Combining Factorial and MAMS designs

06 Jul, 2022

The methodology team at the MRC Clinical Trials Unit at UCL is a key partner of Penta and has made a huge contribution to our studies on HIV. The team recently published a paper in Sage Journals describing how the advantages of two designs can be practically combined:

  • factorial designs, which do two or more randomisations in the same participants, and
  • MAMS platform designs, which may “drop” or add arms during the course of a trial.

The combined design allows testing of multiple primary research hypotheses, which should lead to faster decisions about experimental treatments.

The main features of the combined design are

  • multiple research treatments can be compared against the standard of care within the framework of factorial designs;
  • over the course of the trial, further research arms can be added to different randomisations in the factorial component;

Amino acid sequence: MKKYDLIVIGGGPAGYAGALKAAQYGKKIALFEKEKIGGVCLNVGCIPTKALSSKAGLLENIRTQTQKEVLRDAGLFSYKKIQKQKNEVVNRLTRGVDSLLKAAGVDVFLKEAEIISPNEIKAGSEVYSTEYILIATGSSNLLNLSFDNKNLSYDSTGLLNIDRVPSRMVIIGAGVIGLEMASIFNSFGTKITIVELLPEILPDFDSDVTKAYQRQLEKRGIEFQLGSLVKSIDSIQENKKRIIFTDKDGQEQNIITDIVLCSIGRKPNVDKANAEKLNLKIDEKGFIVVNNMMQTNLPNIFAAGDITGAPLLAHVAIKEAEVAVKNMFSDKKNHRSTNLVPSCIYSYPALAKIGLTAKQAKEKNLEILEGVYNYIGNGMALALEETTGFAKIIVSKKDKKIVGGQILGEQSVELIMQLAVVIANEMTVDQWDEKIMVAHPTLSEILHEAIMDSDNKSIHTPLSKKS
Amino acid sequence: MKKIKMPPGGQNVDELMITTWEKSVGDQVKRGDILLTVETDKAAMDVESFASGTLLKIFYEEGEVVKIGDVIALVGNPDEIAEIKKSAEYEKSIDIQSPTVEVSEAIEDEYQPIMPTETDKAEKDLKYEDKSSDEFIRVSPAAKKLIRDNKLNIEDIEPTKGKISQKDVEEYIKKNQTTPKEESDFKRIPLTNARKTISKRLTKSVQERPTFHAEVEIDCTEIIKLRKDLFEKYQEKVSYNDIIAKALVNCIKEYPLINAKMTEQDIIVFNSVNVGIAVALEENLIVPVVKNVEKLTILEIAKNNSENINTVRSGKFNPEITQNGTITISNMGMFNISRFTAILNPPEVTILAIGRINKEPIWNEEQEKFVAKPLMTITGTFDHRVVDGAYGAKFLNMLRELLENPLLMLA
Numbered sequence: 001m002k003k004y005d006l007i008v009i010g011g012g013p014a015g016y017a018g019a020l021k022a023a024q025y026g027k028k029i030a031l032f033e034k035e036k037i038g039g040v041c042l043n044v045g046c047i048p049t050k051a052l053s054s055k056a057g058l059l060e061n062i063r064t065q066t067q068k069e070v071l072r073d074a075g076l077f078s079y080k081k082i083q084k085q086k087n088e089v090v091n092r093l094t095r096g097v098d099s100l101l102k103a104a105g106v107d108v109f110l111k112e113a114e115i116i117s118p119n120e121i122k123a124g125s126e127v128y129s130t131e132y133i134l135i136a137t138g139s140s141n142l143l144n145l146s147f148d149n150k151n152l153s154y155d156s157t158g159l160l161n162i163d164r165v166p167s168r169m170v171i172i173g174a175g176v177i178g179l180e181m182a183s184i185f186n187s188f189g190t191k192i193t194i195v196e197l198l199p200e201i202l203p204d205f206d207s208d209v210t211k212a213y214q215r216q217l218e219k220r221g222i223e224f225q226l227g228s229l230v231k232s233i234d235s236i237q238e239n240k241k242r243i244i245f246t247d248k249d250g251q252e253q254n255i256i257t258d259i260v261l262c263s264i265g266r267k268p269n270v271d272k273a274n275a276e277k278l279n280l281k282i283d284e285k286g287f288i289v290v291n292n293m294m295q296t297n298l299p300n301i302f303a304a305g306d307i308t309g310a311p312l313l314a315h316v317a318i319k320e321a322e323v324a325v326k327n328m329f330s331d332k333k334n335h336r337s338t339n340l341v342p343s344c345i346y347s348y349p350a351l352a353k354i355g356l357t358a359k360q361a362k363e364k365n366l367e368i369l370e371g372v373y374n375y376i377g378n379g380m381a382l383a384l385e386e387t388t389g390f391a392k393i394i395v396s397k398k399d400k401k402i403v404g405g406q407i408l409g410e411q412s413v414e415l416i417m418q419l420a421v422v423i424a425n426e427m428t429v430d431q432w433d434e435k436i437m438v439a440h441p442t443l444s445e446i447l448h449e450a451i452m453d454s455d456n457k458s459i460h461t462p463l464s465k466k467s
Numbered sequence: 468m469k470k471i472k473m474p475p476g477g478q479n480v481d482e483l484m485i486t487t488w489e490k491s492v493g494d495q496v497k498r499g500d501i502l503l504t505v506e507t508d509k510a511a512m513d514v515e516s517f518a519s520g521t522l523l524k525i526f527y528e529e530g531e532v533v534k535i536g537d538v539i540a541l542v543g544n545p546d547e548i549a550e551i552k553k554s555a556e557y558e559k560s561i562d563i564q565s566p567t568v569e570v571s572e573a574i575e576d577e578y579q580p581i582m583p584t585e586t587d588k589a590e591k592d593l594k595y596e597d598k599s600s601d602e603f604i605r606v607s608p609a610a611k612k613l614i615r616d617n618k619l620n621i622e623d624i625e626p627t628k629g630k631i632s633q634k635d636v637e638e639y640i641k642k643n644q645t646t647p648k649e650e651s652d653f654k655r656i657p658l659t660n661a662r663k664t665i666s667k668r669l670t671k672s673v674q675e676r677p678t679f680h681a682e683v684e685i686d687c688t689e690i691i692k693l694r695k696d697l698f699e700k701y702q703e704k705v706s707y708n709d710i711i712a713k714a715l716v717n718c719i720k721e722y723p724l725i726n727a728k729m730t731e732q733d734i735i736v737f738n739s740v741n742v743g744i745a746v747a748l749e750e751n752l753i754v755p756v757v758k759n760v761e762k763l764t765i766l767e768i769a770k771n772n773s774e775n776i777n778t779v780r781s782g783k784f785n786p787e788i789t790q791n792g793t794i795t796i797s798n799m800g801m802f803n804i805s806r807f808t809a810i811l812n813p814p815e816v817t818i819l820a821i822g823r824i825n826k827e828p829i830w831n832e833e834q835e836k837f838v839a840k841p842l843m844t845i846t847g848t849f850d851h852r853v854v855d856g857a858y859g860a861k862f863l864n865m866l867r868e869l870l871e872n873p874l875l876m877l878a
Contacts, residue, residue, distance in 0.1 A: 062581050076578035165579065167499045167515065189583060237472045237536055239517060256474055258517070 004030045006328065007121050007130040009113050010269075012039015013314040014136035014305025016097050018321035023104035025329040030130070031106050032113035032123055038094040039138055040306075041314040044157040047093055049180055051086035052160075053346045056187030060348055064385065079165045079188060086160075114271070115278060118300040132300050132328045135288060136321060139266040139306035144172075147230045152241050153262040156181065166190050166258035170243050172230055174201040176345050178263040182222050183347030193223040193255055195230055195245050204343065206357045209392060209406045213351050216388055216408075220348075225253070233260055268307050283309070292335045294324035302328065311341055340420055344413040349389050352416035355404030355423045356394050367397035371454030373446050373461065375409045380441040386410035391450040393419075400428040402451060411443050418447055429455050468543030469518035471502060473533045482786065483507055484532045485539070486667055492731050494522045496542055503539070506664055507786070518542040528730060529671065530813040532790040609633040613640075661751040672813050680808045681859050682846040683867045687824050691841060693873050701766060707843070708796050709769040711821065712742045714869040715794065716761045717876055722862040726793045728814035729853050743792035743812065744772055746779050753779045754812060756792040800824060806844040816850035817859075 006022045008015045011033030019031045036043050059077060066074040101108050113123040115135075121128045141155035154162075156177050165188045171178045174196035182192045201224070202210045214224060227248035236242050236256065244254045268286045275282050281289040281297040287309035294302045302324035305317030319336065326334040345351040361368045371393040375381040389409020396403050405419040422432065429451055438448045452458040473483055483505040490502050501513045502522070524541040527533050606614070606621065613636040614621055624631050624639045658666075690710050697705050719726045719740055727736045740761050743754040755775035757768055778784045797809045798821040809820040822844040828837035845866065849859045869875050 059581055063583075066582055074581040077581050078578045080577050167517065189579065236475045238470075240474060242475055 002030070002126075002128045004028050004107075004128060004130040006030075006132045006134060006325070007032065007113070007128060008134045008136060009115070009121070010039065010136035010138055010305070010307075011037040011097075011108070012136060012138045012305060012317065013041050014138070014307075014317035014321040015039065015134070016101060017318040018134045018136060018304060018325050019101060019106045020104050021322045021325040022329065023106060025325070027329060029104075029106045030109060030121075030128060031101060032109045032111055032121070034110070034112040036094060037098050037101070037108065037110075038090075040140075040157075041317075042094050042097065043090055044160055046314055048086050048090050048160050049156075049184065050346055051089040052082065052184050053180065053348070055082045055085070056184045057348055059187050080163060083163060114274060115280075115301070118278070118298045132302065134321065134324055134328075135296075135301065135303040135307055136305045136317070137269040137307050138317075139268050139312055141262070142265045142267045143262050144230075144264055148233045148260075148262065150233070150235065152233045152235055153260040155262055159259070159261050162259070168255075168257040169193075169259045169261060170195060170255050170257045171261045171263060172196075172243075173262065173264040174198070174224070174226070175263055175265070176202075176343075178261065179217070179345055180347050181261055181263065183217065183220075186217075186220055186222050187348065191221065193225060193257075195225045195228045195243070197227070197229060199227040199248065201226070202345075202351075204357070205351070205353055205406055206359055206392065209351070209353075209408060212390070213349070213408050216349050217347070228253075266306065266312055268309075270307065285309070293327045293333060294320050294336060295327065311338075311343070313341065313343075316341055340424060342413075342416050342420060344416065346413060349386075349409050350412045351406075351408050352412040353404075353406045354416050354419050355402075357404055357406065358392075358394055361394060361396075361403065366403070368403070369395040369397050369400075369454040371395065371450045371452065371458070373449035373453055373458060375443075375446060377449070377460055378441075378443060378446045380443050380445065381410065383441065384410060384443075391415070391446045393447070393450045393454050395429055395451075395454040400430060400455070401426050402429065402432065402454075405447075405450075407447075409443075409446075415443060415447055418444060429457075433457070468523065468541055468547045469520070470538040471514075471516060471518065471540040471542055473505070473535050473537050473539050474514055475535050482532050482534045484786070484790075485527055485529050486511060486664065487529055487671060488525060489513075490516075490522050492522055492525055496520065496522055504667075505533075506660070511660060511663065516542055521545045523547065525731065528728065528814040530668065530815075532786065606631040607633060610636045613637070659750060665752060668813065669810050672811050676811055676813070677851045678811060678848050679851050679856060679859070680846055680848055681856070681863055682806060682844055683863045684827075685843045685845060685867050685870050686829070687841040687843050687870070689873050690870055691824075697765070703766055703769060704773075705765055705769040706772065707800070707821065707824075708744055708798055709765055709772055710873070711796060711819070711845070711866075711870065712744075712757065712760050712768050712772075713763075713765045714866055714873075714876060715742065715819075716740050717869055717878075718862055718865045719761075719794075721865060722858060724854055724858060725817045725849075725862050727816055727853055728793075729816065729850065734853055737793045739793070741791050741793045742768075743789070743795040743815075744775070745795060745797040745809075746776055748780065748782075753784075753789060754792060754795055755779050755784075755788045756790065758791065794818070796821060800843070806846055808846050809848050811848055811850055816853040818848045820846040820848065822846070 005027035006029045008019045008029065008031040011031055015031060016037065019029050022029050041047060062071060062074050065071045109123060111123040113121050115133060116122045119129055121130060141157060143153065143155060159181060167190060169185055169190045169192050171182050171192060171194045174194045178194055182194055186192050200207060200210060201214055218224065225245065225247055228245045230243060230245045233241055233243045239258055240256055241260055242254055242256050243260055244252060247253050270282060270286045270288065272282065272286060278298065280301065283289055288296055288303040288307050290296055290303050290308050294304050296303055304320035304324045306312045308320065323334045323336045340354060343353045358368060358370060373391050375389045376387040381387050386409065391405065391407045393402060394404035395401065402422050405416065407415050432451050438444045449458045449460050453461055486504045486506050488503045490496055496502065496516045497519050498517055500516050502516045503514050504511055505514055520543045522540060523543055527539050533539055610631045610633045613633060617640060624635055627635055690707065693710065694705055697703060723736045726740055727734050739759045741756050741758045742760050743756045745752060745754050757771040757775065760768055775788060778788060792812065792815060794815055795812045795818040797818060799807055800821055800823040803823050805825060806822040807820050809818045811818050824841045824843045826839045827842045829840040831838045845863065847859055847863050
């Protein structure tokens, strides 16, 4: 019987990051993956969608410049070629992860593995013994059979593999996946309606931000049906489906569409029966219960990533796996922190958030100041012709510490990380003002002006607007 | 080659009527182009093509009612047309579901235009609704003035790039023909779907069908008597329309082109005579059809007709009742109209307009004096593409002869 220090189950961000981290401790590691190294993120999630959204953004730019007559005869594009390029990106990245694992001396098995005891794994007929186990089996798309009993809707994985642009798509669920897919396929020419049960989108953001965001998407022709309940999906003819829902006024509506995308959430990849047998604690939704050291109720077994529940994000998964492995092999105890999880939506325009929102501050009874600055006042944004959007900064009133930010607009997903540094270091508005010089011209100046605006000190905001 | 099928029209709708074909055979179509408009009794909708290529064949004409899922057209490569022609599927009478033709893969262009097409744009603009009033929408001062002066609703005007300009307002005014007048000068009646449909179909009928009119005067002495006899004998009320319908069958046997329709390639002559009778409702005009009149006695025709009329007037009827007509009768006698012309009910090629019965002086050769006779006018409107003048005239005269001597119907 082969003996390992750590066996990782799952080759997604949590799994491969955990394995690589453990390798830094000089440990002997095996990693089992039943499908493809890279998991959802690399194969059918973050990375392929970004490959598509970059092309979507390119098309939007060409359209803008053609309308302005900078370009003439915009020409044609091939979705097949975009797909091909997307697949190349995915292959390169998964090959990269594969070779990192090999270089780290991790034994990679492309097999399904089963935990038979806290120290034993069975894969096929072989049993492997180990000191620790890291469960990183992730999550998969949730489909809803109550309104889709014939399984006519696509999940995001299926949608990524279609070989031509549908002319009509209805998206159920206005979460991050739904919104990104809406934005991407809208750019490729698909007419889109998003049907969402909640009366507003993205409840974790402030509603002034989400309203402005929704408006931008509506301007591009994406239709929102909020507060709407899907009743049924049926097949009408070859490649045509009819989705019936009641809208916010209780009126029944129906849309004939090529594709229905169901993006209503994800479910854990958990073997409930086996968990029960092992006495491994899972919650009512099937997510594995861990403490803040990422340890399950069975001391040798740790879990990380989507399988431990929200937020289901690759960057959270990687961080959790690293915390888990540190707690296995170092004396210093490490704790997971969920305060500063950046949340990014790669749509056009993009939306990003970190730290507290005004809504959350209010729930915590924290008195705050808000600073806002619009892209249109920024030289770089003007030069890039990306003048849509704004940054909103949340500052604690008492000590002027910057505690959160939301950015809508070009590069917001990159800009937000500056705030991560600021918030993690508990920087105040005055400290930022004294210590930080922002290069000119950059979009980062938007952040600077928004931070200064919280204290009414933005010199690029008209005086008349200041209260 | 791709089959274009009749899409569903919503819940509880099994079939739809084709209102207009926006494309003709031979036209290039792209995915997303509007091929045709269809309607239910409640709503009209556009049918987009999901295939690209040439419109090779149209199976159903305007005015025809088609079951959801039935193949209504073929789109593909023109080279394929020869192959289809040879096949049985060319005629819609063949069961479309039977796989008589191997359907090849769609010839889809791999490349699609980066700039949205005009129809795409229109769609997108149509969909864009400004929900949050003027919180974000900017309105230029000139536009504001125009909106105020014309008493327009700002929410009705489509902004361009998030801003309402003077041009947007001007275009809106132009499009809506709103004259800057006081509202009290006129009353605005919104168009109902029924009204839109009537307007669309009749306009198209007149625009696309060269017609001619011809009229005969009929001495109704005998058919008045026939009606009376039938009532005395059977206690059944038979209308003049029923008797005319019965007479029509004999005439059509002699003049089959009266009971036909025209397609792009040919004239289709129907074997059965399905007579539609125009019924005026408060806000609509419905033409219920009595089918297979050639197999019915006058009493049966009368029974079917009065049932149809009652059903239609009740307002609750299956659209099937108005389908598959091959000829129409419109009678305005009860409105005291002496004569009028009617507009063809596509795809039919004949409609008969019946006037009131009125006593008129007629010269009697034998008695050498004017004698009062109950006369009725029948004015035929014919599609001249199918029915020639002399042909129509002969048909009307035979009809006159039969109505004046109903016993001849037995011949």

• new randomisations can be introduced;
  • recruitment to some of the research treatments can be stopped early, possibly leading to some randomisations being entirely dropped.

The paper discusses analysis and conduct considerations in this new setting, including:

  • how to time the interim and final analyses;
  • the importance of broad eligibility criteria;
  • how to implement randomisations sequentially;
  • how to perform a valid analysis.

It also shows some ways to display the evolution of a factorial-MAMS trial over time (see Figure below).

The paper is authored by Ian R White, Babak Choodari-Oskooei, Matthew R Sydes, Brennan C Kahan, Leanne McCabe, Anna Turkova, Hanif Esmail, Diana M Gibb, Deborah Ford. Combining factorial and multi-arm multi-stage platform designs to evaluate multiple interventions efficiently. Clinical Trials. May 2022. doi:10.1177/17407745221093577

Photo by megaflopp from Getty Images